1182 K
20 pp.
 
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TitleProduction of Medical Radioisotopes in the ORNL High Flux Isotope Reactor (HFIR) for Cancer Treatment and Arterial Restenosis Therapy after PTCA
Author(s)Knapp, F. F. Jr.; Beets, A. L.; Mirzadeh, S.; Alexander, C. W.; Hobbs, R. L.
Publication DateJune 1998
Report NumberORNL/CP--97929
Unique IdentifierACC0024
Other NumbersCONF-980446--; Legacy ID: DE98003519; OSTI ID: 661540
Research OrgOak Ridge National Laboratory, TN (United States) [ORNL]
Contract NoAC05-96OR22464
Sponsoring OrgUSDOE Assistant Secretary for Human Resources and Administration, Washington, DC (DOE/HR)
Other Information13th Radiochemical Conference, Marianske Lazne (Czech Republic), 19-24 Apr 1998;
Subject22 Nuclear Reactor Technology; 55 Biology and Medicine, Basic Studies; Research, Test, Training, Production, Irradiation, Materials Testing Reactors; Unsealed Radionuclides in Therapy
KeywordsRadiopharmaceuticals; Isotope Production; HFIR Reactor; Experimental Data; Radiotherapy; Neoplasms; Skeletal Diseases; Vascular Diseases
Related Web PagesPeaceful Uses of the Atom
AbstractThe High Flux Isotope Reactor (HFIR) at the Oak Ridge National Laboratory (ORNL) represents an important resource for the production of a wide variety of medical radioisotopes. In addition to serving as a key production site for californium-252 and other transuranic elements, important examples of therapeutic radioisotopes which are currently routinely produced in the HFIR for distribution include dysprosium-166 (parent of holmium-166), rhenium-186, tin-117m and tungsten-188 (parent of rhenium-188). The nine hydraulic tube (HT) positions in the central high flux region permit the insertion and removal of targets at any time during the operating cycle and have traditionally represented a major site for production of medical radioisotopes. To increase the irradiation capabilities of the HFIR, special target holders have recently been designed and fabricated which will be installed in the six Peripheral Target Positions (PTP), which are also located in the high flux region. These positions are only accessible during reactor refueling and will be used for long-term irradiations, such as required for the production of tin-117m and tungsten-188. Each of the PTP tubes will be capable of housing a maximum of eight HT targets, thus increasing the total maximum number of HT targets from the current nine, to a total of 57. In this paper the therapeutic use of reactor-produced radioisotopes for bone pain palliation and vascular brachytherapy and the therapeutic medical radioisotope production capabilities of the ORNL HFIR are briefly discussed.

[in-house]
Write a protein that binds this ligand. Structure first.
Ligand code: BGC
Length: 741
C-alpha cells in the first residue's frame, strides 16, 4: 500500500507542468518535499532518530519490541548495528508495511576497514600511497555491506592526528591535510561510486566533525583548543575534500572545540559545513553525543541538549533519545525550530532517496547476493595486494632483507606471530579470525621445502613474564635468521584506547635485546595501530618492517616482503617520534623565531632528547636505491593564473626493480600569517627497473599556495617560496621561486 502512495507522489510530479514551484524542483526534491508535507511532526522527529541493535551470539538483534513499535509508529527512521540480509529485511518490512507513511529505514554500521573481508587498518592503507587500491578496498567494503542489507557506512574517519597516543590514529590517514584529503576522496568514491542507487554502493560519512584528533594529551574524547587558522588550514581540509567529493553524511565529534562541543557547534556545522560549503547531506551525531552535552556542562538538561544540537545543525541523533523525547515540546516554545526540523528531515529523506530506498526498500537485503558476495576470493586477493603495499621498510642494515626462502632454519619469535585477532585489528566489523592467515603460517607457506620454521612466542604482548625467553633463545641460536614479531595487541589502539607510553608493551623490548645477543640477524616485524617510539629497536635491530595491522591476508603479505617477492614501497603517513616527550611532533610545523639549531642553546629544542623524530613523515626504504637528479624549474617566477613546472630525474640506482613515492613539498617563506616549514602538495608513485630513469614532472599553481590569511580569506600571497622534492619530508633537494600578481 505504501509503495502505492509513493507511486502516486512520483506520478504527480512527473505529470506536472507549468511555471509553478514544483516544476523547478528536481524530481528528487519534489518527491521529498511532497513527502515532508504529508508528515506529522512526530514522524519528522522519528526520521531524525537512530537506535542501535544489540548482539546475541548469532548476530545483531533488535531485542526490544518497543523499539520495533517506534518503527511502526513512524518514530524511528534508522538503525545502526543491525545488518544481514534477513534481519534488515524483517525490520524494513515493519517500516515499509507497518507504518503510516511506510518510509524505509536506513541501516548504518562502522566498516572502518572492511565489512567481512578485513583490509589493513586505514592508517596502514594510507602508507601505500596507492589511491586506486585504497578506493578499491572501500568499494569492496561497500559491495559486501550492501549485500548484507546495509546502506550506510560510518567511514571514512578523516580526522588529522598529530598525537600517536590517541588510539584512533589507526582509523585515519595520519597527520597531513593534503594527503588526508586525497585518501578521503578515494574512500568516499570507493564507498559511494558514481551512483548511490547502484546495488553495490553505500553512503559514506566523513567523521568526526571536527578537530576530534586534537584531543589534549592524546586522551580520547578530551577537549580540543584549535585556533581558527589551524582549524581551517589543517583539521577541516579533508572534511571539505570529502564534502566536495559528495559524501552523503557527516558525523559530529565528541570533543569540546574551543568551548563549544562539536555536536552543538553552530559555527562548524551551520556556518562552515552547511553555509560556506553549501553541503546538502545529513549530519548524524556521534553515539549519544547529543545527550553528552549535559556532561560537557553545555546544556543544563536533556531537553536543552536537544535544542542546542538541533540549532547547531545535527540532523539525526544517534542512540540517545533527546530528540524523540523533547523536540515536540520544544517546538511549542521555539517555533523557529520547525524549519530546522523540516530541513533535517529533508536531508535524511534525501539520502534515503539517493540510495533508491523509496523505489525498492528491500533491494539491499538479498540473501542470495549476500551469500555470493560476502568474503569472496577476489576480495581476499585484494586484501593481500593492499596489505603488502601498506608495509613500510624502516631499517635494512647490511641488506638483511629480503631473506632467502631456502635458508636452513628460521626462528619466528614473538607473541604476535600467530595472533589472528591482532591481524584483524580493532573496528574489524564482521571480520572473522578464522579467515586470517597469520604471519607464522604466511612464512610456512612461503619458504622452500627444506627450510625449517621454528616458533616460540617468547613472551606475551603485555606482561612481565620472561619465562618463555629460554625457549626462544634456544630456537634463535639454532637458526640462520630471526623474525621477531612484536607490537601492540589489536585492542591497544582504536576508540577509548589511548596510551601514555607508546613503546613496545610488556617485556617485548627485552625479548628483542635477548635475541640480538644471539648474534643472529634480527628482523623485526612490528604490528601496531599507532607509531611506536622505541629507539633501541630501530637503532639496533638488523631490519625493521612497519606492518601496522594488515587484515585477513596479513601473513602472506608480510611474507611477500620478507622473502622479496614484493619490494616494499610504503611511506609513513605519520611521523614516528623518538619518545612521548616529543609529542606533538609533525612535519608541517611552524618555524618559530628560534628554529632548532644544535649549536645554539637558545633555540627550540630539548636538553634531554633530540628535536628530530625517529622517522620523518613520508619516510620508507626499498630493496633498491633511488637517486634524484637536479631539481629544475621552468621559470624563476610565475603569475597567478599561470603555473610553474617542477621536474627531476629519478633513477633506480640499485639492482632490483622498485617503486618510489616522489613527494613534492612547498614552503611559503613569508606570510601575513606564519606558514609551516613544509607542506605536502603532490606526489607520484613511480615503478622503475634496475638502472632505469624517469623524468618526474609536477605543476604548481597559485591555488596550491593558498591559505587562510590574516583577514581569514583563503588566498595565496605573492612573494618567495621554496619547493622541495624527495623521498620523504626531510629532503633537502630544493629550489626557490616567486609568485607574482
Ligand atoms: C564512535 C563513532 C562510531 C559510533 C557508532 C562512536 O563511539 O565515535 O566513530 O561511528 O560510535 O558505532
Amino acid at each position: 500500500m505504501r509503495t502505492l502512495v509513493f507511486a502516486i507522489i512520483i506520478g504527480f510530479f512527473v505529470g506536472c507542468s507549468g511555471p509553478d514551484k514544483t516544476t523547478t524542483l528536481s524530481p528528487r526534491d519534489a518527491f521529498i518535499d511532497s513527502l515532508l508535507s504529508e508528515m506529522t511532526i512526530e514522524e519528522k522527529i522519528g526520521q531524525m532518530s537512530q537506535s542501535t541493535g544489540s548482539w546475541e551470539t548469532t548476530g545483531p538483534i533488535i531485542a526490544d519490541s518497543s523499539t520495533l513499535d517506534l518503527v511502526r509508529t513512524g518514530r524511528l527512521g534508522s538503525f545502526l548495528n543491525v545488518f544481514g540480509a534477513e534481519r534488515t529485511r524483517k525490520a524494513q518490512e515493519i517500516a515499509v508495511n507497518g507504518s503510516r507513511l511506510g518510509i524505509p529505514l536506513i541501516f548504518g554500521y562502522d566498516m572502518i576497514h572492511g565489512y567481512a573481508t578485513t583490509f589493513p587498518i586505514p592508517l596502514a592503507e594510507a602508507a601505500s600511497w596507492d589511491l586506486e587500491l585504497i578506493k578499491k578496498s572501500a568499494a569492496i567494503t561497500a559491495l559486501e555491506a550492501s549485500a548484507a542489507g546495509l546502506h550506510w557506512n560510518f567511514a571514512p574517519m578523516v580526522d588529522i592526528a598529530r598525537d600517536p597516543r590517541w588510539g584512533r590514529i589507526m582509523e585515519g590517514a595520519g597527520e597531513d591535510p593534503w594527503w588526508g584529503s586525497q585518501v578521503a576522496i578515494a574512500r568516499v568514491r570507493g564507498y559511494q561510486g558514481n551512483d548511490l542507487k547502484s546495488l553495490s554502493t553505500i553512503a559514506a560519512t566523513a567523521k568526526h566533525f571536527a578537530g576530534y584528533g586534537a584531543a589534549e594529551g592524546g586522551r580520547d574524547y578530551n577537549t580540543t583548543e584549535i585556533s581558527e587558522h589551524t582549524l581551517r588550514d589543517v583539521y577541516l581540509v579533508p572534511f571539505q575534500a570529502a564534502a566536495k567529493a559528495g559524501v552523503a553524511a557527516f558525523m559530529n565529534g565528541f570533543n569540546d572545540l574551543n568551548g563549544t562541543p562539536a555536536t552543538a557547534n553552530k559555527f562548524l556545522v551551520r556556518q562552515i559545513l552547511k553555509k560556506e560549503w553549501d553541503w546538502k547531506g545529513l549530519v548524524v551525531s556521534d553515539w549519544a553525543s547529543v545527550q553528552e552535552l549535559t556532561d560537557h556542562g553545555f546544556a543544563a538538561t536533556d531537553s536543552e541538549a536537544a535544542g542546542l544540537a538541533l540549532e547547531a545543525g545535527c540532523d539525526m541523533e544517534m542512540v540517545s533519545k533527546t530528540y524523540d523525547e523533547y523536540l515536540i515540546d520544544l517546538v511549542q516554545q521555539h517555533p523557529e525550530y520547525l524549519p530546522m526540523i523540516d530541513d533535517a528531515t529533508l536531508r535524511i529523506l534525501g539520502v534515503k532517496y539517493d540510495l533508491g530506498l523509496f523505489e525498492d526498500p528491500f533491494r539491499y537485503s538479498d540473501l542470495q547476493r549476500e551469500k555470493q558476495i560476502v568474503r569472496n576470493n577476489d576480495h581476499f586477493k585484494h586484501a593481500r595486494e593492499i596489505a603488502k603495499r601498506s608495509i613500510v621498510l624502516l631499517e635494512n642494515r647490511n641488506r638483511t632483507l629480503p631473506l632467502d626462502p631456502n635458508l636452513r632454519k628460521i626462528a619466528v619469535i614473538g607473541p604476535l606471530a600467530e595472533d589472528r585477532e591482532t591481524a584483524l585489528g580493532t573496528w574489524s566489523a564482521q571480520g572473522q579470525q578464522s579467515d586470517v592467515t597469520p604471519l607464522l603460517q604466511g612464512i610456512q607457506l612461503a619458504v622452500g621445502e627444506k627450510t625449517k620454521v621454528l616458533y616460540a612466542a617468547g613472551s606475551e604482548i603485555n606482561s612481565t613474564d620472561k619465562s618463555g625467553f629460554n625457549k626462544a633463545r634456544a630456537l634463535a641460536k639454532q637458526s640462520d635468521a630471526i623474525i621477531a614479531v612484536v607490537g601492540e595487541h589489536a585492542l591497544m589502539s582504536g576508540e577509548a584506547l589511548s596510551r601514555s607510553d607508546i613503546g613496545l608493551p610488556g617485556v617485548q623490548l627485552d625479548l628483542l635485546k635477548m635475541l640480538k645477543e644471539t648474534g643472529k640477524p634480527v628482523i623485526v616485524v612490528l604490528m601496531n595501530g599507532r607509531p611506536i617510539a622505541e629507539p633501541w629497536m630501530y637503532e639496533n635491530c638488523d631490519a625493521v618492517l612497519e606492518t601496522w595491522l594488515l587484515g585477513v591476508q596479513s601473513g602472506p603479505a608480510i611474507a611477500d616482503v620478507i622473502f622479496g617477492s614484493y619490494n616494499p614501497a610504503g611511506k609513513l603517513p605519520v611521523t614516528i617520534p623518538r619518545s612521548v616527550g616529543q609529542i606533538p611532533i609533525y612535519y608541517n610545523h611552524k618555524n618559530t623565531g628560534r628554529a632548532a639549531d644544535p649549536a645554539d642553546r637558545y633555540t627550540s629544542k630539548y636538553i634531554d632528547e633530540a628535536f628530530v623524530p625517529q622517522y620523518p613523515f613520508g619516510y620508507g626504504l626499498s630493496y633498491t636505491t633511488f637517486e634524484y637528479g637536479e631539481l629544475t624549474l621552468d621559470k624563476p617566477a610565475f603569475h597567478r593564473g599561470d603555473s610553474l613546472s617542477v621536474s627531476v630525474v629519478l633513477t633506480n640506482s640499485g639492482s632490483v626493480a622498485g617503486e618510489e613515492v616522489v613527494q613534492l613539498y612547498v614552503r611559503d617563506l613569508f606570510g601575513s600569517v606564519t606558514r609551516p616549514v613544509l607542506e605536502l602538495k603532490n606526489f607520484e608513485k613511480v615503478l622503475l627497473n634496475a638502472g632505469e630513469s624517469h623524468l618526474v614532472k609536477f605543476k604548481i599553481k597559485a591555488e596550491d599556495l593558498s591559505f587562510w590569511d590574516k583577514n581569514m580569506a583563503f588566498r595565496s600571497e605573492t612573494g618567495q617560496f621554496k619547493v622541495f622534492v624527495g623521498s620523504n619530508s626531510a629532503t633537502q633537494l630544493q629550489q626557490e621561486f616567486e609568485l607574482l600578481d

1182 K
20 pp.
 
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